A dog inspects some of the netting that was removed from the Umkomaas river in the early hours of Wednesday morning. Community member and “river guardian” George Snodey says these nets are causing extensive damage to marine life in the river, which is an important spawning ground for fish species. Picture: George Snodey

Community members and police rushed to the Umkomaas River on the KZN South Coast early on Wednesday to remove illegal fishing nets that cause ecological damage in the river.

George Snodey, in a post on Facebook, said Emille Pirzenthal - one of a crew of "river guardians" -  received a call from local resident Les Spence late on Tuesday about gill nets that had been placed in the Umkomaas River.

Snodey said they started searching the river in the early hours of Wednesday morning and soon got help from Umkomaas SAPS members who had also got wind of the nets and were conducting their own search.

“We eventually got three nets before dropping the SAPS boys off and they then found another one near the skiboat club.The four nets, some of which spanned across the entire river, measured no less than about 1.2km in total, causing absolute carnage in the river, especially when one considers the fish use these estuaries to spawn in.”

Snodey said he observed that the amount of fish in the river, when compared with the same time last year, had dropped significantly.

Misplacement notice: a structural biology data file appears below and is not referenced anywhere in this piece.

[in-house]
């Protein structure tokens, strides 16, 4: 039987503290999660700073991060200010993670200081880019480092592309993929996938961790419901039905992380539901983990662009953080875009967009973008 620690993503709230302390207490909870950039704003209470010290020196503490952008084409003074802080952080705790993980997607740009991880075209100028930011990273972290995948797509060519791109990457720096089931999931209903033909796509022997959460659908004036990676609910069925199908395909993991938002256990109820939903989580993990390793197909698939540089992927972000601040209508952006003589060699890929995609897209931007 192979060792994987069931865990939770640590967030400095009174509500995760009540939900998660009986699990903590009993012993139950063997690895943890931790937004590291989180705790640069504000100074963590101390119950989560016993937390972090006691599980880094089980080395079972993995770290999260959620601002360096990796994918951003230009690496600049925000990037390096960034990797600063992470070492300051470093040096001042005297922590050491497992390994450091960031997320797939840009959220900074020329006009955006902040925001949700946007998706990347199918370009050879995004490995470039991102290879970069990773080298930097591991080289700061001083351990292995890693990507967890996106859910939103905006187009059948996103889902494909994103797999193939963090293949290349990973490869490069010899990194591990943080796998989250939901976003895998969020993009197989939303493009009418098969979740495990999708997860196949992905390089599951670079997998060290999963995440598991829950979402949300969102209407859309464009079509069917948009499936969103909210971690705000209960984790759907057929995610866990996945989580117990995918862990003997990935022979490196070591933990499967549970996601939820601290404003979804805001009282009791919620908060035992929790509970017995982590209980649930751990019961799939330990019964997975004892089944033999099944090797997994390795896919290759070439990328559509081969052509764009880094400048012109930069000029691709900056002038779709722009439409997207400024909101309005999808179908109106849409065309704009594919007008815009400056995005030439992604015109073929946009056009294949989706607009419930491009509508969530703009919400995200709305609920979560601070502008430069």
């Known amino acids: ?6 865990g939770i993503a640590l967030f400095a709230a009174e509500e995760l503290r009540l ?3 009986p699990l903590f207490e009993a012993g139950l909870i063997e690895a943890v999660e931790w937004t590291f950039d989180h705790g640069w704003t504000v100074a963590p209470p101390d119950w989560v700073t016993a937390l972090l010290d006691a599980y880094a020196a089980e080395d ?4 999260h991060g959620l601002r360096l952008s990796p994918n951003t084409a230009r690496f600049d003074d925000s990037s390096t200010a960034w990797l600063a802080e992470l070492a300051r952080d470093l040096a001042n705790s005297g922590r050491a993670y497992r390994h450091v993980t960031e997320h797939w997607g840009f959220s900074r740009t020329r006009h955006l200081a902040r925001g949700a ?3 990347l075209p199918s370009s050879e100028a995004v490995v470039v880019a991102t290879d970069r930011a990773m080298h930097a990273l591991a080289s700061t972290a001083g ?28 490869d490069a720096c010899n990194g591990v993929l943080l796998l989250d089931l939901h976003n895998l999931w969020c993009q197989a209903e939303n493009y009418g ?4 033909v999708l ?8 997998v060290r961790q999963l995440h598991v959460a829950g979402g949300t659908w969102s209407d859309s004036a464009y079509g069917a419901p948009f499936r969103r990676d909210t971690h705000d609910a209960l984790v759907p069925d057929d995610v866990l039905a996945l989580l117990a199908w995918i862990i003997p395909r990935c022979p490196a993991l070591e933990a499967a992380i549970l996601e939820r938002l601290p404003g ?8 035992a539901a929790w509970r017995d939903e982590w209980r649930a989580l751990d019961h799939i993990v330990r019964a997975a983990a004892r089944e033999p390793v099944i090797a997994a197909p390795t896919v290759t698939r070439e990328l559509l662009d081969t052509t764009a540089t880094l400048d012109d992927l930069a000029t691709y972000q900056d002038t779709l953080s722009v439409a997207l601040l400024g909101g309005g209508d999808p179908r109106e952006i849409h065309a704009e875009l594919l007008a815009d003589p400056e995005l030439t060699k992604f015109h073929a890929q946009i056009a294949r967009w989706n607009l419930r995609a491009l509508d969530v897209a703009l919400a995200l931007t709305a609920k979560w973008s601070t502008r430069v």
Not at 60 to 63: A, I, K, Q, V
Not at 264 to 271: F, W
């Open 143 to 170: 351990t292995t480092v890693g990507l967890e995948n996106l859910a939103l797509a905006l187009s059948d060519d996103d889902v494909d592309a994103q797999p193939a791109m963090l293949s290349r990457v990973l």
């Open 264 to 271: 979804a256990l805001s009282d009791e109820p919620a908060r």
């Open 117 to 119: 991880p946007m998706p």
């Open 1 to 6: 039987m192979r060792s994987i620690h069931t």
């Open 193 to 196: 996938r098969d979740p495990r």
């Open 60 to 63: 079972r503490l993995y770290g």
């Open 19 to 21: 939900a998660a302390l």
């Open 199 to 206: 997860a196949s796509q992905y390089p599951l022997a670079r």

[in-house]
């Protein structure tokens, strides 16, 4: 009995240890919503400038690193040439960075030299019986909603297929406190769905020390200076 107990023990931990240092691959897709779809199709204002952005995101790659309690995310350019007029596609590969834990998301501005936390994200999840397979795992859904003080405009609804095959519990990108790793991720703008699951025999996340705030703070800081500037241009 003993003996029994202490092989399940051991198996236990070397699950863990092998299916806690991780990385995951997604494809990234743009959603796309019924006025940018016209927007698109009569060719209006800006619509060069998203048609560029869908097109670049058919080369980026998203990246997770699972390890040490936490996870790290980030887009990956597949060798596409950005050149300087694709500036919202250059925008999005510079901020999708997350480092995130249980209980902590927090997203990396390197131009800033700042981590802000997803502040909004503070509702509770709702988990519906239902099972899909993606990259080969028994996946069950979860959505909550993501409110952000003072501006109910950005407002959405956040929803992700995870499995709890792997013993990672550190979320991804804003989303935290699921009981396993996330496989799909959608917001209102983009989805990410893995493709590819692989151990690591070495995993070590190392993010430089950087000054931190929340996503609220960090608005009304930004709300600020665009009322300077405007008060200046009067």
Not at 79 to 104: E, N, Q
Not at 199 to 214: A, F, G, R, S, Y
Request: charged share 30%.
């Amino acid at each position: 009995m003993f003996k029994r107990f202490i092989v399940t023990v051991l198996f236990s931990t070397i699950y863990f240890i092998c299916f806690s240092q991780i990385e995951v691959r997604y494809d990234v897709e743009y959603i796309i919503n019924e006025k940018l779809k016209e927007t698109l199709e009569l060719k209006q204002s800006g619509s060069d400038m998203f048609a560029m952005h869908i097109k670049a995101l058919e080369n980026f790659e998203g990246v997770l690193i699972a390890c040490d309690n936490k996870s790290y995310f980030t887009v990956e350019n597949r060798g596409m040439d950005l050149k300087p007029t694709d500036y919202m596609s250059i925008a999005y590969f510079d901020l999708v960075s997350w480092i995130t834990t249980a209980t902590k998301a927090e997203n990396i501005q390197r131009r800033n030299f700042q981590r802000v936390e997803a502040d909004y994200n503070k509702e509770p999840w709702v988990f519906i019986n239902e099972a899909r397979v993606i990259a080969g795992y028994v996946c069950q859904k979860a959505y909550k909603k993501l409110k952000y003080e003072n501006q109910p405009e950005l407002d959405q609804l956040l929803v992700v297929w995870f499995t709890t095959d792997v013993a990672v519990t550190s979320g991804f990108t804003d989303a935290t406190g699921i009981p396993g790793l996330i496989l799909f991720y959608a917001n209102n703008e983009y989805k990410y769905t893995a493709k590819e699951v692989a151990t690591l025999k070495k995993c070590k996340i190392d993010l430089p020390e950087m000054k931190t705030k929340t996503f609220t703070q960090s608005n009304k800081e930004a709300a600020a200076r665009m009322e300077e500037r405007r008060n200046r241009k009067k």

“Last year this time the nets had hundreds of fish in - today they probably had a tenth of that, a sure indication of the devastation caused.”

Snodey said the SAPS officers, although finishing their shift at 6am, were still at the river at 7am removing nets. 

“These guys are an asset to Umkomaas, thanks boys in blue.”

Illegal gill netting is a common problem on the south coast and in this river in particular, and police and community members are on constant lookout for transgressors of the law. In one year they had pulled out 150 nets between Illovo River and Umkomaas.

Fish that can be saved are returned to the river.

"We released the live ones this morning, the others we threw in (the river) so the crabs and other fish can eat them," said Snodey.